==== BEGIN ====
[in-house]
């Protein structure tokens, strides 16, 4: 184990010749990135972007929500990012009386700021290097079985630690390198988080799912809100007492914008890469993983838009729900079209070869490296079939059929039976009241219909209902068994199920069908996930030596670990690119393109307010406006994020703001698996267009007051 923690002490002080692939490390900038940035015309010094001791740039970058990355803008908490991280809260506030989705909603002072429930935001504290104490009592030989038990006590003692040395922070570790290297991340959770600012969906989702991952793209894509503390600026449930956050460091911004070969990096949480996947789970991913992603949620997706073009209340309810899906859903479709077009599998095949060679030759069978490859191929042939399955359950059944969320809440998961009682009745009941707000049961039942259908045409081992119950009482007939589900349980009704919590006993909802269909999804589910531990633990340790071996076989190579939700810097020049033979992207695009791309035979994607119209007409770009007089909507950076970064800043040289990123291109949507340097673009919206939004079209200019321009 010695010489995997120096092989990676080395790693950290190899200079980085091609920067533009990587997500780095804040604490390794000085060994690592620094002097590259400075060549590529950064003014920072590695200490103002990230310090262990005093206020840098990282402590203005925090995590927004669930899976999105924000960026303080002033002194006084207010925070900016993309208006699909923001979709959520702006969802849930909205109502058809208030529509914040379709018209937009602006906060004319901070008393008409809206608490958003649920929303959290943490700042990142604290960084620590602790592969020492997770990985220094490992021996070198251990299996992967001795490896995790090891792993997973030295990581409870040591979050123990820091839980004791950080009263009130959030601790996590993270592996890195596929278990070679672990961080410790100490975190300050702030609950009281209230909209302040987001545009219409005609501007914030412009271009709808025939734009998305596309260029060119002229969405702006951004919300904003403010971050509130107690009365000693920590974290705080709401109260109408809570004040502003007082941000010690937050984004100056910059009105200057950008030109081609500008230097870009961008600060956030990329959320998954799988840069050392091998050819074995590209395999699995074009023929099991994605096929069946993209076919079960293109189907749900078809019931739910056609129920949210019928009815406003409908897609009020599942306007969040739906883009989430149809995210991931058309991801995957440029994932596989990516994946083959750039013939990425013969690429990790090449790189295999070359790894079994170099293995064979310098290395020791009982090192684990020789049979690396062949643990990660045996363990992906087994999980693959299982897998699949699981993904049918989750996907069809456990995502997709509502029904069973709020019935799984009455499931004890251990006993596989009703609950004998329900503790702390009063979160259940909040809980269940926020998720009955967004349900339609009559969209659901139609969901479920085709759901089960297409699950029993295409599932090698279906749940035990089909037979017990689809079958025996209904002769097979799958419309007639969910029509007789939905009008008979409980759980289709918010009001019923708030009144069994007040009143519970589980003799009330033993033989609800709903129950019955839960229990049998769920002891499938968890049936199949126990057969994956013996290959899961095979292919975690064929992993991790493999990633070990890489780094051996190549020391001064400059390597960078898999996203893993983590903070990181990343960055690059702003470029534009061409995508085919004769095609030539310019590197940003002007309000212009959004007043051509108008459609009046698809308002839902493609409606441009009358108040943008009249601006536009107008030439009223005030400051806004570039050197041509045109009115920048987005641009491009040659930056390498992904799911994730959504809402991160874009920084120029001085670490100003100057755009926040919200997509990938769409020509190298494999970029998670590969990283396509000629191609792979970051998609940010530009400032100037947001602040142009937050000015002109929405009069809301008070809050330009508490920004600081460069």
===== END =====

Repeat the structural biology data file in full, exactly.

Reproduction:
[in-house]
């Protein structure tokens, strides 16, 4: 184990010749990135972007929500990012009386700021290097079985630690390198988080799912809100007492914008890469993983838009729900079209070869490296079939059929039976009241219909209902068994199920069908996930030596670990690119393109307010406006994020703001698996267009007051 923690002490002080692939490390900038940035015309010094001791740039970058990355803008908490991280809260506030989705909603002072429930935001504290104490009592030989038990006590003692040395922070570790290297991340959770600012969906989702991952793209894509503390600026449930956050460091911004070969990096949480996947789970991913992603949620997706073009209340309810899906859903479709077009599998095949060679030759069978490859191929042939399955359950059944969320809440998961009682009745009941707000049961039942259908045409081992119950009482007939589900349980009704919590006993909802269909999804589910531990633990340790071996076989190579939700810097020049033979992207695009791309035979994607119209007409770009007089909507950076970064800043040289990123291109949507340097673009919206939004079209200019321009 010695010489995997120096092989990676080395790693950290190899200079980085091609920067533009990587997500780095804040604490390794000085060994690592620094002097590259400075060549590529950064003014920072590695200490103002990230310090262990005093206020840098990282402590203005925090995590927004669930899976999105924000960026303080002033002194006084207010925070900016993309208006699909923001979709959520702006969802849930909205109502058809208030529509914040379709018209937009602006906060004319901070008393008409809206608490958003649920929303959290943490700042990142604290960084620590602790592969020492997770990985220094490992021996070198251990299996992967001795490896995790090891792993997973030295990581409870040591979050123990820091839980004791950080009263009130959030601790996590993270592996890195596929278990070679672990961080410790100490975190300050702030609950009281209230909209302040987001545009219409005609501007914030412009271009709808025939734009998305596309260029060119002229969405702006951004919300904003403010971050509130107690009365000693920590974290705080709401109260109408809570004040502003007082941000010690937050984004100056910059009105200057950008030109081609500008230097870009961008600060956030990329959320998954799988840069050392091998050819074995590209395999699995074009023929099991994605096929069946993209076919079960293109189907749900078809019931739910056609129920949210019928009815406003409908897609009020599942306007969040739906883009989430149809995210991931058309991801995957440029994932596989990516994946083959750039013939990425013969690429990790090449790189295999070359790894079994170099293995064979310098290395020791009982090192684990020789049979690396062949643990990660045996363990992906087994999980693959299982897998699949699981993904049918989750996907069809456990995502997709509502029904069973709020019935799984009455499931004890251990006993596989009703609950004998329900503790702390009063979160259940909040809980269940926020998720009955967004349900339609009559969209659901139609969901479920085709759901089960297409699950029993295409599932090698279906749940035990089909037979017990689809079958025996209904002769097979799958419309007639969910029509007789939905009008008979409980759980289709918010009001019923708030009144069994007040009143519970589980003799009330033993033989609800709903129950019955839960229990049998769920002891499938968890049936199949126990057969994956013996290959899961095979292919975690064929992993991790493999990633070990890489780094051996190549020391001064400059390597960078898999996203893993983590903070990181990343960055690059702003470029534009061409995508085919004769095609030539310019590197940003002007309000212009959004007043051509108008459609009046698809308002839902493609409606441009009358108040943008009249601006536009107008030439009223005030400051806004570039050197041509045109009115920048987005641009491009040659930056390498992904799911994730959504809402991160874009920084120029001085670490100003100057755009926040919200997509990938769409020509190298494999970029998670590969990283396509000629191609792979970051998609940010530009400032100037947001602040142009937050000015002109929405009069809301008070809050330009508490920004600081460069």